Keywords: Cervical cancer cell; G6PD deficiency; Mechanical properties; Cytoskeleton; Anti-tumor;
The Candida albicans fimbrin Sac6 regulates oxidative stress response (OSR) and morphogenesis at the transcriptional level by Bing Zhang; Qilin Yu; Yuzhou Wang; Chenpeng Xiao; Jianrong Li; Da Huo; Dan Zhang; Chang Jia; Mingchun Li (2255-2266).
The actin cytoskeleton coordinates numerous fundamental cellular processes. Fimbrins are a class of evolutionally conserved ABPs that mediate actin bundling and regulate actin dynamics and functions. In this study, we identified the fimbrin Sac6 from the important fungal pathogen, Candida albicans. Interestingly, deletion of SAC6 led to increased tolerance to oxidative stress, while its overexpression caused hyper-susceptibility to this stress. Further investigations revealed that Sac6, by interaction with actin, negatively regulated the cytosol-to-nucleus transport of the key OSR (oxidative stress response) transcription factor Cap1 and consequent expression of OSR genes. Moreover, loss of Sac6 enhanced hyphal maintenance, and its overexpression caused a defect in hyphal development, which was attributed to abnormal expression of morphogenesis-related genes. In addition, Sac6 was involved in regulation of secretion of lytic enzymes and virulence of C. albicans. This study reveals a novel mechanism by which fimbrin transcriptionally regulates OSR and morphogenesis, and sheds a novel light on the functions of actin cytoskeleton.Display Omitted
Keywords: Actin cytoskeleton; Fimbrin; Oxidative stress response; Morphogenesis; Candida albicans;
Membrane repair of human skeletal muscle cells requires Annexin-A5 by Romain Carmeille; Flora Bouvet; Sisareuth Tan; Coralie Croissant; Céline Gounou; Kamel Mamchaoui; Vincent Mouly; Alain R. Brisson; Anthony Bouter (2267-2279).
Defect in membrane repair contributes to the development of limb girdle muscular dystrophy type 2B (LGMD2B) and Miyoshi myopathy. In healthy skeletal muscle, unraveling membrane repair mechanisms requires to establish an exhaustive list of the components of the resealing machinery. Here we show that human myotubes rendered deficient for Annexin-A5 (AnxA5) suffer from a severe defect in membrane resealing. This defect is rescued by the addition of recombinant AnxA5 while an AnxA5 mutant, which is unable to form 2D protein arrays, has no effect. Using correlative light and electron microscopy, we show that AnxA5 binds to the edges of the torn membrane, as early as a few seconds after sarcolemma injury, where it probably self-assembles into 2D arrays. In addition, we observed that membrane resealing is associated with the presence of a cluster of lipid vesicles at the wounded site. AnxA5 is present at the surface of these vesicles and may thus participate in plugging the cell membrane disruption. Finally, we show that AnxA5 behaves similarly in myotubes from a muscle cell line established from a patient suffering from LGMD2B, a myopathy due to dysferlin mutations, which indicates that trafficking of AnxA5 during sarcolemma damage is independent of the presence of dysferlin.Display Omitted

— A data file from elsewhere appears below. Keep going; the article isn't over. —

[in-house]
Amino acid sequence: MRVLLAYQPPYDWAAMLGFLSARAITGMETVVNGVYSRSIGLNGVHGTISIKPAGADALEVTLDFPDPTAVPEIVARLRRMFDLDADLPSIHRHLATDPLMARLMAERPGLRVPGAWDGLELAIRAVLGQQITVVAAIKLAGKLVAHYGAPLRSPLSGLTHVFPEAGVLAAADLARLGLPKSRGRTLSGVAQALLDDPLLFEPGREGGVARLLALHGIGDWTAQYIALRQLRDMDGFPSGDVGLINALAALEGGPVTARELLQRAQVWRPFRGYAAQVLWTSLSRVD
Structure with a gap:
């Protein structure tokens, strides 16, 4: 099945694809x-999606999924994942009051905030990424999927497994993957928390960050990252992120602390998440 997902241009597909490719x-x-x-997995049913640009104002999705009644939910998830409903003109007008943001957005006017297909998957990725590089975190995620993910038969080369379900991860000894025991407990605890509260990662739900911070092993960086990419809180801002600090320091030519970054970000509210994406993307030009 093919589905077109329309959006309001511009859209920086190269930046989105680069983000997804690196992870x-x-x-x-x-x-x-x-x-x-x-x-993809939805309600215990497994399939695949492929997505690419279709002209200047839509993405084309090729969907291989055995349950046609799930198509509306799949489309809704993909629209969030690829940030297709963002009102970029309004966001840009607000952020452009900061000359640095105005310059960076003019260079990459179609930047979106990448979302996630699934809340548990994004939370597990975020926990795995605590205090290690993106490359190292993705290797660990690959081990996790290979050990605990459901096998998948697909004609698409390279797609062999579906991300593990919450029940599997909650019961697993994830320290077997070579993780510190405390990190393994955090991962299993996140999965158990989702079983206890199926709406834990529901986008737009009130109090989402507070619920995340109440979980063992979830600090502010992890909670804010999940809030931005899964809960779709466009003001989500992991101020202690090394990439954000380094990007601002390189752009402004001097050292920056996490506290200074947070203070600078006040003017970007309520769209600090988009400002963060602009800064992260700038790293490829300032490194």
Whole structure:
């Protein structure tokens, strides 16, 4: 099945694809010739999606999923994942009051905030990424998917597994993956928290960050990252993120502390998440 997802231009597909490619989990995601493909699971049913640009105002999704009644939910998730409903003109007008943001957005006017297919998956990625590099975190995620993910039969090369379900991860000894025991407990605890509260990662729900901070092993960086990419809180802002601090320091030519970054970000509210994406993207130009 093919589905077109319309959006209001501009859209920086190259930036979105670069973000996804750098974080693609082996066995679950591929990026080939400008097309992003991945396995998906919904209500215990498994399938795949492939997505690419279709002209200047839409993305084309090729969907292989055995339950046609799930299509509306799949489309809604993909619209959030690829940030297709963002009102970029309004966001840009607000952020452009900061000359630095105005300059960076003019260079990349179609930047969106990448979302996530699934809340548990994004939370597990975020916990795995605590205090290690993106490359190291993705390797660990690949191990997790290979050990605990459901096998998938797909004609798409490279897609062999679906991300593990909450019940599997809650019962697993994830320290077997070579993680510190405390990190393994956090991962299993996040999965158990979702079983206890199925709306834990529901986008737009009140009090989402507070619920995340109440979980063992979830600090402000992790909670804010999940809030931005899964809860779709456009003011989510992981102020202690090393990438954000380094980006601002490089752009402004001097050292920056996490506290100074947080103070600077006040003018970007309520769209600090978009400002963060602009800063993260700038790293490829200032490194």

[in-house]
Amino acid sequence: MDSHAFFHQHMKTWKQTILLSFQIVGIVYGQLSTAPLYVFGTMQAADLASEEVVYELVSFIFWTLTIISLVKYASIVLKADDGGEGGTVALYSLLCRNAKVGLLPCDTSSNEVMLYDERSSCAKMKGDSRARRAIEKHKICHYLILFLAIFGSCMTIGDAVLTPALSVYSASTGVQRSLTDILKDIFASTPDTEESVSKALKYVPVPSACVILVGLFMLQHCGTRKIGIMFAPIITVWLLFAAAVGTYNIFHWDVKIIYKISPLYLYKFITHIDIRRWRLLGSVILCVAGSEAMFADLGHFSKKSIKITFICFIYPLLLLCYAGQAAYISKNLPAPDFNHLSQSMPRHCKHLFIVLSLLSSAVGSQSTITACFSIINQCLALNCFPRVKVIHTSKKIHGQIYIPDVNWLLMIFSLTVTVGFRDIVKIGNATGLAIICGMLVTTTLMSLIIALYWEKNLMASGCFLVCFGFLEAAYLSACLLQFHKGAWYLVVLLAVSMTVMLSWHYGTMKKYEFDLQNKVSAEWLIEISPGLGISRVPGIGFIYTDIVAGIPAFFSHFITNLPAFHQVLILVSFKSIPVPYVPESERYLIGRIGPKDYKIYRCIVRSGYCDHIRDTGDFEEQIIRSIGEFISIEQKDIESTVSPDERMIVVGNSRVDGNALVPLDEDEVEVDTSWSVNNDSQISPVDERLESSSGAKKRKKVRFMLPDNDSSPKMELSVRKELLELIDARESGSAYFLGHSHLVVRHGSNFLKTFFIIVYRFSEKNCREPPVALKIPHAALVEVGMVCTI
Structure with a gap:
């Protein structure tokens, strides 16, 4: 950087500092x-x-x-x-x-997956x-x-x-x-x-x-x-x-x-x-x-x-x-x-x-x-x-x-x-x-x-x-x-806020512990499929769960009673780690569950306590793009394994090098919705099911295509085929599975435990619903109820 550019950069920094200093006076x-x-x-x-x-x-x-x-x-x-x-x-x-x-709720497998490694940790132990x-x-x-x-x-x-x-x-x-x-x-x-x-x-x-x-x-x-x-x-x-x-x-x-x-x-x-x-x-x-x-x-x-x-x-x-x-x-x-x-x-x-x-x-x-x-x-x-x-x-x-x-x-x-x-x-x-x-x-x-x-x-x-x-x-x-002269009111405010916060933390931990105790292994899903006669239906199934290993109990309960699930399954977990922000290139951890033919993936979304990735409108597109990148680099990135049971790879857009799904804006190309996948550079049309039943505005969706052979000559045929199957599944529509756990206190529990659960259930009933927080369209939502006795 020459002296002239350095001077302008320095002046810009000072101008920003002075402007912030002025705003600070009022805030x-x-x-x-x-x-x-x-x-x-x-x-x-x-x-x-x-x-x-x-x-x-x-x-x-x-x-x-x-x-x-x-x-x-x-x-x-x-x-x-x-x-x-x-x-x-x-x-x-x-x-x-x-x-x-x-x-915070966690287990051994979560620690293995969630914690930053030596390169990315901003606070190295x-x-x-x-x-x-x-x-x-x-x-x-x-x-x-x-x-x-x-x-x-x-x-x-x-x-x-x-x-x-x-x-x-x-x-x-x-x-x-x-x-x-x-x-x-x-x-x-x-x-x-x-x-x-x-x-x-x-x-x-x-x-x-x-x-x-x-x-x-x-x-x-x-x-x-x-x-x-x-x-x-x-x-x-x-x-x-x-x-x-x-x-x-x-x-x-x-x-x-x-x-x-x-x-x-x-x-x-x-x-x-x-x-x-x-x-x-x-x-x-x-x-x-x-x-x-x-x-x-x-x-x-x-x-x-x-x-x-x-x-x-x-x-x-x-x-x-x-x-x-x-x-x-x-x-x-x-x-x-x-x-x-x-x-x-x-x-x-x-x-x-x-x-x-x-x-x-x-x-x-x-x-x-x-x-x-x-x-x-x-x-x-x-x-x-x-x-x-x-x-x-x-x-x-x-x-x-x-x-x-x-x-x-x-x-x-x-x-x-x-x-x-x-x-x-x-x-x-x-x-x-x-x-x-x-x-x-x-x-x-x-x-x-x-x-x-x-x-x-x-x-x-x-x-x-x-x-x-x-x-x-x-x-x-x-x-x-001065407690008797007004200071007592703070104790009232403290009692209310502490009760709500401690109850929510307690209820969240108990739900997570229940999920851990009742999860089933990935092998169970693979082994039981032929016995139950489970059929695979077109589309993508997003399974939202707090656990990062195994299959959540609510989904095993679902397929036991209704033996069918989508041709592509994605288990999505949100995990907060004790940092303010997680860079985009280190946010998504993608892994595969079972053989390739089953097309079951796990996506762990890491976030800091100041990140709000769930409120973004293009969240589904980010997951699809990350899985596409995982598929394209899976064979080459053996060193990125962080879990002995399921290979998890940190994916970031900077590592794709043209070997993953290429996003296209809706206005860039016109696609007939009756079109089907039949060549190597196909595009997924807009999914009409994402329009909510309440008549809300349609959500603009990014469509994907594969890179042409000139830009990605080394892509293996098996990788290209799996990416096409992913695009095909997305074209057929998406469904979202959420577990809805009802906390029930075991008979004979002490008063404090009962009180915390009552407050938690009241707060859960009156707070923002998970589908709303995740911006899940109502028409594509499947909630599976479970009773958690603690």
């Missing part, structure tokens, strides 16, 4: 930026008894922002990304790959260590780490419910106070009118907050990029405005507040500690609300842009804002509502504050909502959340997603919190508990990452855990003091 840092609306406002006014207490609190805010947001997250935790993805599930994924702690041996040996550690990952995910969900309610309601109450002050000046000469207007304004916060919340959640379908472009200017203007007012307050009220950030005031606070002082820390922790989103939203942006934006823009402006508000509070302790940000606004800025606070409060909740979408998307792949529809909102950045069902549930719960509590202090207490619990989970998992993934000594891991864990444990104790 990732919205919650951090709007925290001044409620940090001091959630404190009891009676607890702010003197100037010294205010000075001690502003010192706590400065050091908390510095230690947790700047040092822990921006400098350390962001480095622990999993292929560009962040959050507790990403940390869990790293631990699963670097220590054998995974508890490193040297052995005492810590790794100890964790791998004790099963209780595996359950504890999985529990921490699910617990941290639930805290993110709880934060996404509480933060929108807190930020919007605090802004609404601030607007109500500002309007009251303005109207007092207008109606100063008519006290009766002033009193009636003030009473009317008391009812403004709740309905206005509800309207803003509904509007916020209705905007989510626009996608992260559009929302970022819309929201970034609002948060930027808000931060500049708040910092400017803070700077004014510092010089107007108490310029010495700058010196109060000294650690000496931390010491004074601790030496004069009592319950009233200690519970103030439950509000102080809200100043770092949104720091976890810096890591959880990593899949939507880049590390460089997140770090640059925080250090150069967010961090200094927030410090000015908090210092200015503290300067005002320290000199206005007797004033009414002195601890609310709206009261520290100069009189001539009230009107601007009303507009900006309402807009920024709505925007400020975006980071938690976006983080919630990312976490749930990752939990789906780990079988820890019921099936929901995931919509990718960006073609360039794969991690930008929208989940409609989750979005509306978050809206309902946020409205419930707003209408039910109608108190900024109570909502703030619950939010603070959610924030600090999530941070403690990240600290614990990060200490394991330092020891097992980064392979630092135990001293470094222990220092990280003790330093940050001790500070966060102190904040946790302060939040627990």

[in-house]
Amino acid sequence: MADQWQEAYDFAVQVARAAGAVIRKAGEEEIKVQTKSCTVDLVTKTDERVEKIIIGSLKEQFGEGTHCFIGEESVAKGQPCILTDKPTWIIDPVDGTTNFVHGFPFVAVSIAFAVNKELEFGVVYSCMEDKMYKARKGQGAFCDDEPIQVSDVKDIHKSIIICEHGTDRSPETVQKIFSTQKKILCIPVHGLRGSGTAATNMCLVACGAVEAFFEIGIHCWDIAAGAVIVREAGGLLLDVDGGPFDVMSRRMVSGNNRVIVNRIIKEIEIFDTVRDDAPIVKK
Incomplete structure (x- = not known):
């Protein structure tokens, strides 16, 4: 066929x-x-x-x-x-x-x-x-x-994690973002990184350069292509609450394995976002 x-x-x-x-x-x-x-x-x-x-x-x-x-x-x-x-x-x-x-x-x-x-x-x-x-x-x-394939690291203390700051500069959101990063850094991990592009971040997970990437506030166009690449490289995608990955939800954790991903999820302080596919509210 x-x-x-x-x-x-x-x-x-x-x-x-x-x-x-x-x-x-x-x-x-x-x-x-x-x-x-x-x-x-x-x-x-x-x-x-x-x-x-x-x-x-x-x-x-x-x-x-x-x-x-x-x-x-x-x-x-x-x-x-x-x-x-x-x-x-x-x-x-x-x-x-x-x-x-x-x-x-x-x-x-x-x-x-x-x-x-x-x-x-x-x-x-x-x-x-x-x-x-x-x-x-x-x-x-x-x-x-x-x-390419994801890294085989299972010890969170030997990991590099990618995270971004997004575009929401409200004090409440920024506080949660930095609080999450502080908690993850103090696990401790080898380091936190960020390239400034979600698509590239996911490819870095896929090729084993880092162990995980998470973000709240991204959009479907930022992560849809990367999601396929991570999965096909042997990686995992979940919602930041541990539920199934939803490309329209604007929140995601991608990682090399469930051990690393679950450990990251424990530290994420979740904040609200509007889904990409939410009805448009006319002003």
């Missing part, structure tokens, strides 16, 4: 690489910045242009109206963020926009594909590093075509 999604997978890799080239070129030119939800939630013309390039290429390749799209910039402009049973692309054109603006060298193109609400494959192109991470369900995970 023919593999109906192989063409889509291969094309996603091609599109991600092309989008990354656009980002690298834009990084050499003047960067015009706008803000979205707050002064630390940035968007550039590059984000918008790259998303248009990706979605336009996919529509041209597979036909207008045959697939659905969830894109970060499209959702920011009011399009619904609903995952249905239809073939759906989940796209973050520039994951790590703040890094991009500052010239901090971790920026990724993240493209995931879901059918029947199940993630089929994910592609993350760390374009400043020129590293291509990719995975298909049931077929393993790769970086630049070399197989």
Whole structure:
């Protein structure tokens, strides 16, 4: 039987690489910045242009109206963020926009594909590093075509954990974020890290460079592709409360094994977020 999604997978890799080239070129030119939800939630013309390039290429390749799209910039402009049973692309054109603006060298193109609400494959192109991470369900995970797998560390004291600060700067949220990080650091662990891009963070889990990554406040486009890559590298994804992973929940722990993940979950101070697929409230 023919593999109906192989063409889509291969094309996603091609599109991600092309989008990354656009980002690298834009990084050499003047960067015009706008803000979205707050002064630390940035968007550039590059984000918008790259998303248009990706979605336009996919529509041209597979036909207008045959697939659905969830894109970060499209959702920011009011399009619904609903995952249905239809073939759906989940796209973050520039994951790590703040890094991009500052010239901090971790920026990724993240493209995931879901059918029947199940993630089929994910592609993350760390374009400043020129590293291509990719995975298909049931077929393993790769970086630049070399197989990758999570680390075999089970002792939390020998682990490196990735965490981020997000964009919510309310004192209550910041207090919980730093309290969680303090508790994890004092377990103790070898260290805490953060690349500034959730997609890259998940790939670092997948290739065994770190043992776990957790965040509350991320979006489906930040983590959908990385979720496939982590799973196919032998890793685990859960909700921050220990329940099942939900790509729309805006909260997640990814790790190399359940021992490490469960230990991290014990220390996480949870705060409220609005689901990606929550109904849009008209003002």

Keywords: Annexin A5; Membrane repair; Skeletal muscle; Limb girdle muscular dystrophy; Laser injury; Electron microscopy;
The phospholipid flippase ATP8B1 mediates apical localization of the cystic fibrosis transmembrane regulator by Vincent A. van der Mark; Hugo R. de Jonge; Jung-Chin Chang; Kam S. Ho-Mok; Suzanne Duijst; Dragana Vidović; Marianne S. Carlon; Ronald P.J. Oude Elferink; Coen C. Paulusma (2280-2288).
Progressive familial intrahepatic cholestasis type 1 (PFIC1) is caused by mutations in the gene encoding the phospholipid flippase ATP8B1. Apart from severe cholestatic liver disease, many PFIC1 patients develop extrahepatic symptoms characteristic of cystic fibrosis (CF), such as pulmonary infection, sweat gland dysfunction and failure to thrive. CF is caused by mutations in the cystic fibrosis transmembrane conductance regulator (CFTR), a chloride channel essential for epithelial fluid transport. Previously it was shown that CFTR transcript levels were strongly reduced in livers of PFIC1 patients. Here we have investigated the hypothesis that ATP8B1 is important for proper CFTR expression and function.We analyzed CFTR expression in ATP8B1-depleted intestinal and pulmonary epithelial cell lines and assessed CFTR function by measuring short-circuit currents across transwell-grown ATP8B1-depleted intestinal T84 cells and by a genetically-encoded fluorescent chloride sensor. In addition, we studied CFTR surface expression upon induction of CFTR transcription.We show that CFTR protein levels are strongly reduced in the apical membrane of human ATP8B1-depleted intestinal and pulmonary epithelial cell lines, a phenotype that coincided with reduced CFTR activity. Apical membrane insertion upon induction of ectopically-expressed CFTR was strongly impaired in ATP8B1-depleted cells.We conclude that ATP8B1 is essential for correct apical localization of CFTR in human intestinal and pulmonary epithelial cells, and that impaired CFTR localization underlies some of the extrahepatic phenotypes observed in ATP8B1 deficiency.